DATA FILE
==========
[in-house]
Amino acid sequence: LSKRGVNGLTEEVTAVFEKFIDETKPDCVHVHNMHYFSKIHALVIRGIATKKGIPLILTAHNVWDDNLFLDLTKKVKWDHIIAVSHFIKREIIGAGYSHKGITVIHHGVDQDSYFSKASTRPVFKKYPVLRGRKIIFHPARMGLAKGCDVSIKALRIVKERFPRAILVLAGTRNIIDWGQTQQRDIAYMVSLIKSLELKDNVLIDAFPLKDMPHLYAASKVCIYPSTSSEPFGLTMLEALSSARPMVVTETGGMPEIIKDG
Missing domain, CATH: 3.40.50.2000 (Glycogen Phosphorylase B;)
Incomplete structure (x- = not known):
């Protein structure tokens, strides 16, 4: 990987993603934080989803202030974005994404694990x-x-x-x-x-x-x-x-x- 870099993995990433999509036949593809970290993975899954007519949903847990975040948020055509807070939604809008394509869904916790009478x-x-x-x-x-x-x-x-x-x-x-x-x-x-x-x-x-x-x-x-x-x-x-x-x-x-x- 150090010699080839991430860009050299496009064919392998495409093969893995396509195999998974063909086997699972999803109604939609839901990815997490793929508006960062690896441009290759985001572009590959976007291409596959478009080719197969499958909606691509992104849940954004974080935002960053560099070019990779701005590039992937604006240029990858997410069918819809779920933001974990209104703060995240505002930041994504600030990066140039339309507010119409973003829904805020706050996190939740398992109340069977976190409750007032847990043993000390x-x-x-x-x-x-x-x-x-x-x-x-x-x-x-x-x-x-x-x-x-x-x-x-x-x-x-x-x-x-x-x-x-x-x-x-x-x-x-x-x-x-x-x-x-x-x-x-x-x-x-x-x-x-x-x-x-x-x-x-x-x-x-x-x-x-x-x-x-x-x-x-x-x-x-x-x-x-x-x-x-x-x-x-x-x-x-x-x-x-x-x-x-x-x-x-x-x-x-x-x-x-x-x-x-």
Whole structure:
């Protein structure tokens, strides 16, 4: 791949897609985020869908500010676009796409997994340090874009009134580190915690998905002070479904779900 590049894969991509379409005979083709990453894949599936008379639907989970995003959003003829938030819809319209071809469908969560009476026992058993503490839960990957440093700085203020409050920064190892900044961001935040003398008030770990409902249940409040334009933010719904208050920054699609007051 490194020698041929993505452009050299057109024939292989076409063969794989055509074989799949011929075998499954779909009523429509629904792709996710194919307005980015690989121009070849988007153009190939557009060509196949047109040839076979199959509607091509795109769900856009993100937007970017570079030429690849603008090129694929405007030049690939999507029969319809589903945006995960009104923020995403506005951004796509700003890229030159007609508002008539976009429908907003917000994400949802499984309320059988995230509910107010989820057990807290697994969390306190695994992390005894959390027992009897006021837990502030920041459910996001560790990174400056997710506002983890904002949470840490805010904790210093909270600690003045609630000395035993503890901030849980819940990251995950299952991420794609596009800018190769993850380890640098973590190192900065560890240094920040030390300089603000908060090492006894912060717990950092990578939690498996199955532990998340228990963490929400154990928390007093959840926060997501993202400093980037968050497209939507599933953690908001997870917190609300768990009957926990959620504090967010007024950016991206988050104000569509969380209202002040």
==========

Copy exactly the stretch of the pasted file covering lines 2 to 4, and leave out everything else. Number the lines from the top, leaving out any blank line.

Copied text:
Amino acid sequence: LSKRGVNGLTEEVTAVFEKFIDETKPDCVHVHNMHYFSKIHALVIRGIATKKGIPLILTAHNVWDDNLFLDLTKKVKWDHIIAVSHFIKREIIGAGYSHKGITVIHHGVDQDSYFSKASTRPVFKKYPVLRGRKIIFHPARMGLAKGCDVSIKALRIVKERFPRAILVLAGTRNIIDWGQTQQRDIAYMVSLIKSLELKDNVLIDAFPLKDMPHLYAASKVCIYPSTSSEPFGLTMLEALSSARPMVVTETGGMPEIIKDG
Missing domain, CATH: 3.40.50.2000 (Glycogen Phosphorylase B;)
Incomplete structure (x- = not known):